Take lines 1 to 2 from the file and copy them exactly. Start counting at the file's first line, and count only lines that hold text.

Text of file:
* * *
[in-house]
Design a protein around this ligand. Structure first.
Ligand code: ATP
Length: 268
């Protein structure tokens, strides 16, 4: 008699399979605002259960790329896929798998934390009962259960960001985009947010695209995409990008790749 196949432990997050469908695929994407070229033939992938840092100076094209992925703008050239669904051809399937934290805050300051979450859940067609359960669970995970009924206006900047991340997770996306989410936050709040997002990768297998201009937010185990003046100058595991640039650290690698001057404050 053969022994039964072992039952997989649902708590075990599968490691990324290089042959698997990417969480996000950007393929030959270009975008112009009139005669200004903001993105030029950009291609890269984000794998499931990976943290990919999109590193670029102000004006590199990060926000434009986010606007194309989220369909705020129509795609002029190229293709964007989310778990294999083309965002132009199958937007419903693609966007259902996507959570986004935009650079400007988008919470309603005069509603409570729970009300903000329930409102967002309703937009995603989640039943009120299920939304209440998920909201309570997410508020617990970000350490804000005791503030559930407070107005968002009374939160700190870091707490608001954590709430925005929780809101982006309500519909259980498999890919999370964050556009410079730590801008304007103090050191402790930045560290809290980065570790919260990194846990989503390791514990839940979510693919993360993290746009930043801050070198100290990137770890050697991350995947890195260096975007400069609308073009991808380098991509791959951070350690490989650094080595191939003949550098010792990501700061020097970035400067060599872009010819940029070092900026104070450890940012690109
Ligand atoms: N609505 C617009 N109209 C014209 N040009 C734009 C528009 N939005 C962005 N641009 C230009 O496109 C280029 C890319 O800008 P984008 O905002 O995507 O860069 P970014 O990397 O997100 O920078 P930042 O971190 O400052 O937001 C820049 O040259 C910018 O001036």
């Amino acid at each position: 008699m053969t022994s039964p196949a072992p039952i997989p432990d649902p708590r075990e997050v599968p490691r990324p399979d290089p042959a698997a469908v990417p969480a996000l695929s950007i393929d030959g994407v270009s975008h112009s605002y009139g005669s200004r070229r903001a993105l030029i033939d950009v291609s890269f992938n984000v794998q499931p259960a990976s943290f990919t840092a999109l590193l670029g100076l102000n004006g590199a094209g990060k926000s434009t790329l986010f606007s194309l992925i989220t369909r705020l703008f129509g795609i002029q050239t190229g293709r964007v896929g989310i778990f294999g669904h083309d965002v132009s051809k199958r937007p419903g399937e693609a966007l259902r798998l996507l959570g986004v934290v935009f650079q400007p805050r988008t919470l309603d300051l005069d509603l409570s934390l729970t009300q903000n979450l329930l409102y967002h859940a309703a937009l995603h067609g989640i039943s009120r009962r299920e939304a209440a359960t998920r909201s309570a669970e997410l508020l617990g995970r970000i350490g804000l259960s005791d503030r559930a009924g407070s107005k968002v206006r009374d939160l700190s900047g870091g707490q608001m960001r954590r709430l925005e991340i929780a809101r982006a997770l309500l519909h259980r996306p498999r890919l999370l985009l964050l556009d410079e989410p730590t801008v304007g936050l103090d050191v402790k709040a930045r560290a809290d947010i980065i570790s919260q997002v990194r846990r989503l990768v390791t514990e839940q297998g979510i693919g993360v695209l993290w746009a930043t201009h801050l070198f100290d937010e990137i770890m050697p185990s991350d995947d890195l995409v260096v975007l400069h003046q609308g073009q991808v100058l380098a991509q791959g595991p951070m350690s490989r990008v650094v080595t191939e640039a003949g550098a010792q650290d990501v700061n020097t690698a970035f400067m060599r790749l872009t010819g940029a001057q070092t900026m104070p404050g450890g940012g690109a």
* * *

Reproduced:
[in-house]
Design a protein around this ligand. Structure first.